One of my favorite things about learning Japanese and living here for over half my life is discovering all the words and phrases that have no exact equivalent in English. It’s an incredible feeling when you learn to describe an emotion, situation, or predicament that you never even realized you hadn’t previously been able to articulate.
It wasn’t too long ago that the Japanese words kintsugi (repairing broken pottery with lacquer mixed with gold) and tsundoku (the act of piling up reading material, but not quite getting around to reading it) made the rounds. It dawned on me that maybe other people like discovering these little treasures, as well.
Today I give you one of my favorite Japanese phrases: mushaburui.
This one’s an oldie but a goodie. Let me explain: Musha in Japanese means warrior or samurai. While the character for burui is a different pronunciation of furu, to shiver, quiver, or shake. Thus, I give you the “shivering samurai”. But what it means is even better than that.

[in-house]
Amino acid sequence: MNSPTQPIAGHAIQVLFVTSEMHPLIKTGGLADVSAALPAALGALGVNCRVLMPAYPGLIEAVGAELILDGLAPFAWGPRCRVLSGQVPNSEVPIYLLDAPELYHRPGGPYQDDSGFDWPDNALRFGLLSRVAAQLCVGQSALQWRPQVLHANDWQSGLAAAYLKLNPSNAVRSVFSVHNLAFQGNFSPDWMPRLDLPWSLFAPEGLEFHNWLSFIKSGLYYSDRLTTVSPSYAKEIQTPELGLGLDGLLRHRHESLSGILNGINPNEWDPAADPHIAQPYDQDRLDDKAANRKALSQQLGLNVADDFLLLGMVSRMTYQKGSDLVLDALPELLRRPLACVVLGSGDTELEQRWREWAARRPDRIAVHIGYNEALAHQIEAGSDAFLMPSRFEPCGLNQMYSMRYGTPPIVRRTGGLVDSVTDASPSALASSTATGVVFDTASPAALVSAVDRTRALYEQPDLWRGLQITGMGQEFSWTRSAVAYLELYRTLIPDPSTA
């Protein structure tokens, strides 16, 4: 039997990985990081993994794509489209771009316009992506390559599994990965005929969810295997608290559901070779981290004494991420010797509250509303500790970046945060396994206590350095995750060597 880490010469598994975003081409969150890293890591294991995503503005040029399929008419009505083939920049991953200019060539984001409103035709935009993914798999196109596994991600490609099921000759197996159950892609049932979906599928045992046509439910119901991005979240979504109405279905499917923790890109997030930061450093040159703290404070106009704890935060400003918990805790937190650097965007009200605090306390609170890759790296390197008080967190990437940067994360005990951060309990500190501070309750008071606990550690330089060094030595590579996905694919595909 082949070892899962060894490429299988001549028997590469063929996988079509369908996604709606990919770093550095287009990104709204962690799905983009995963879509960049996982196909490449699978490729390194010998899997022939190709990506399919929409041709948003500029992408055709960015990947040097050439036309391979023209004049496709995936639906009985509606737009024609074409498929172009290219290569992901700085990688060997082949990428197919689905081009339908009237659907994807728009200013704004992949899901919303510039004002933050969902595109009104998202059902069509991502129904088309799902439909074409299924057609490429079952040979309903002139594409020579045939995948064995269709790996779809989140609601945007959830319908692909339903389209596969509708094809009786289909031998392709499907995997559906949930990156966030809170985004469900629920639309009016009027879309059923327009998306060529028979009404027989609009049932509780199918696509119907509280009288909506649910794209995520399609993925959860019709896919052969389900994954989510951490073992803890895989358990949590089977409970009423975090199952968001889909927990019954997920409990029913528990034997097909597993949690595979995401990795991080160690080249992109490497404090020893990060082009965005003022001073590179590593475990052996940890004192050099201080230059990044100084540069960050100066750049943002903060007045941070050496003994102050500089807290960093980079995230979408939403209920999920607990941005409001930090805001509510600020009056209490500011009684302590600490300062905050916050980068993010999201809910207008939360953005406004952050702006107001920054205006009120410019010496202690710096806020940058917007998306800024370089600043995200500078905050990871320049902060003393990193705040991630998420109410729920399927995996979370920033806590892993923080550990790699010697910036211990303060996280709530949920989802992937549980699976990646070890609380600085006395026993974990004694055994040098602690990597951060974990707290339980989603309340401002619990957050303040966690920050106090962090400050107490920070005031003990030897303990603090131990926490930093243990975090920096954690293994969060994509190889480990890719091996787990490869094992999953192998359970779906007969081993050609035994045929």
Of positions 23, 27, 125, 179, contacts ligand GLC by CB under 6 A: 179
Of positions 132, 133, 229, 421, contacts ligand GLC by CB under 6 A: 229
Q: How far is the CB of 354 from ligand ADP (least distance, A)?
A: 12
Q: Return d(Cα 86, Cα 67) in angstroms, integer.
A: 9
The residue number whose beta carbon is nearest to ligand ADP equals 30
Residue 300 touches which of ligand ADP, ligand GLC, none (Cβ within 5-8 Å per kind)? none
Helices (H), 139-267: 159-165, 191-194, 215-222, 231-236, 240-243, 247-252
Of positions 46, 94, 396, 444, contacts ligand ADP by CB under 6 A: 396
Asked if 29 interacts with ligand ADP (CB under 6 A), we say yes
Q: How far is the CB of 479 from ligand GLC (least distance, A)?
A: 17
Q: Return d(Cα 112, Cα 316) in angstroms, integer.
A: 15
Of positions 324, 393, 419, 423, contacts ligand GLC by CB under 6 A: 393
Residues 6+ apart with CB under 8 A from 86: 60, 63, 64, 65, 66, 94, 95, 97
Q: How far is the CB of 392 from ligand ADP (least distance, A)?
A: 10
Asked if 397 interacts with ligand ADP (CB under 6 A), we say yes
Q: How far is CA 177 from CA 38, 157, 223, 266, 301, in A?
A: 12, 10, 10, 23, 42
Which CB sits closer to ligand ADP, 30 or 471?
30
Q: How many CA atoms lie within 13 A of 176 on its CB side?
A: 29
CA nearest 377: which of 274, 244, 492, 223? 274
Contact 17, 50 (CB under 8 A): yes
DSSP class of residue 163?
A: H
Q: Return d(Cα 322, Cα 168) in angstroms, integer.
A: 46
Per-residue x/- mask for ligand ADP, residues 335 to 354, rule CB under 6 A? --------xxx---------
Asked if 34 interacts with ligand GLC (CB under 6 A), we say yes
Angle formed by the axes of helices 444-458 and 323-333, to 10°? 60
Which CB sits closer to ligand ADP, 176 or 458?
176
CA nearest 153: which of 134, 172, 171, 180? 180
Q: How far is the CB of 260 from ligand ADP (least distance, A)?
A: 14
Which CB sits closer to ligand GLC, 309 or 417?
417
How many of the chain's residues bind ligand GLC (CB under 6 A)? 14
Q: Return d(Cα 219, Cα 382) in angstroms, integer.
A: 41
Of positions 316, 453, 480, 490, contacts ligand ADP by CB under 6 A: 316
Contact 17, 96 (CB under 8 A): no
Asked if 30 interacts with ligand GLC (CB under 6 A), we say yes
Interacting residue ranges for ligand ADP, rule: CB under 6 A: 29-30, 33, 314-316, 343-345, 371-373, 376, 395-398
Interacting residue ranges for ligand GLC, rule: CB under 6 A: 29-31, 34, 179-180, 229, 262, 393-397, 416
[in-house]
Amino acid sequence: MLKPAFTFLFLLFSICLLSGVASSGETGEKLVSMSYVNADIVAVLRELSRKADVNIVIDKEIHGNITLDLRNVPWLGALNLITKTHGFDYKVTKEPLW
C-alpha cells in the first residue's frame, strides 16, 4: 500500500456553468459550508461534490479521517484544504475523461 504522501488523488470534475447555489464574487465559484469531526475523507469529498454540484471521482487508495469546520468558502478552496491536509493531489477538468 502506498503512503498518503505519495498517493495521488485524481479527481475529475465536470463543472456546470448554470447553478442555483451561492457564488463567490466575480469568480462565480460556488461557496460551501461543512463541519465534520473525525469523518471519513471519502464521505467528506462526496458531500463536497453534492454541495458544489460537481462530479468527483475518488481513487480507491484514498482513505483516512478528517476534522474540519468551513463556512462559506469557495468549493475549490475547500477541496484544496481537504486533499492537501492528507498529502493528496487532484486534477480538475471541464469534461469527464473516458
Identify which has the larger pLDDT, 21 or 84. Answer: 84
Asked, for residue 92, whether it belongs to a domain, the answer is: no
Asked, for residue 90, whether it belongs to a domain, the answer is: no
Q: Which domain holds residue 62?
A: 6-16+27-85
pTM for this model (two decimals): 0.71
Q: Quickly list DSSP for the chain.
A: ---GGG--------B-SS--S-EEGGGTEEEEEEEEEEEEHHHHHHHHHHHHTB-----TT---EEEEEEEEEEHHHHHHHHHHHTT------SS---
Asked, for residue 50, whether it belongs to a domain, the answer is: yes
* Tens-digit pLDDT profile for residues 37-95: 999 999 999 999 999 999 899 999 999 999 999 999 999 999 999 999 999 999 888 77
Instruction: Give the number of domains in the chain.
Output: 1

When I was first taught this phrase, I was told to imagine the evening before a large battle. A samurai warrior is quietly making his preparations. He’s nervous, frightened, excited. Yet, despite this mix of emotions, there is a calmness and resignation at facing what might be a great victory or his inevitable death. He doesn’t know why, but as he reaches for his sword he’s trembling.
It is an older Japanese term used to describe a feeling I think we’ve all had at sometime in our lives. Maybe we weren’t standing at the jaws of war. Maybe we were simply just about to do something out of our comfort zone, something we were terrified to do, but knew we had to do it. Going for an interview at our dream job. Telling our best friend that we’ve been in love with them all this time. Maybe we were submitting an article to BoingBoing. These situations, too, are mushaburui.
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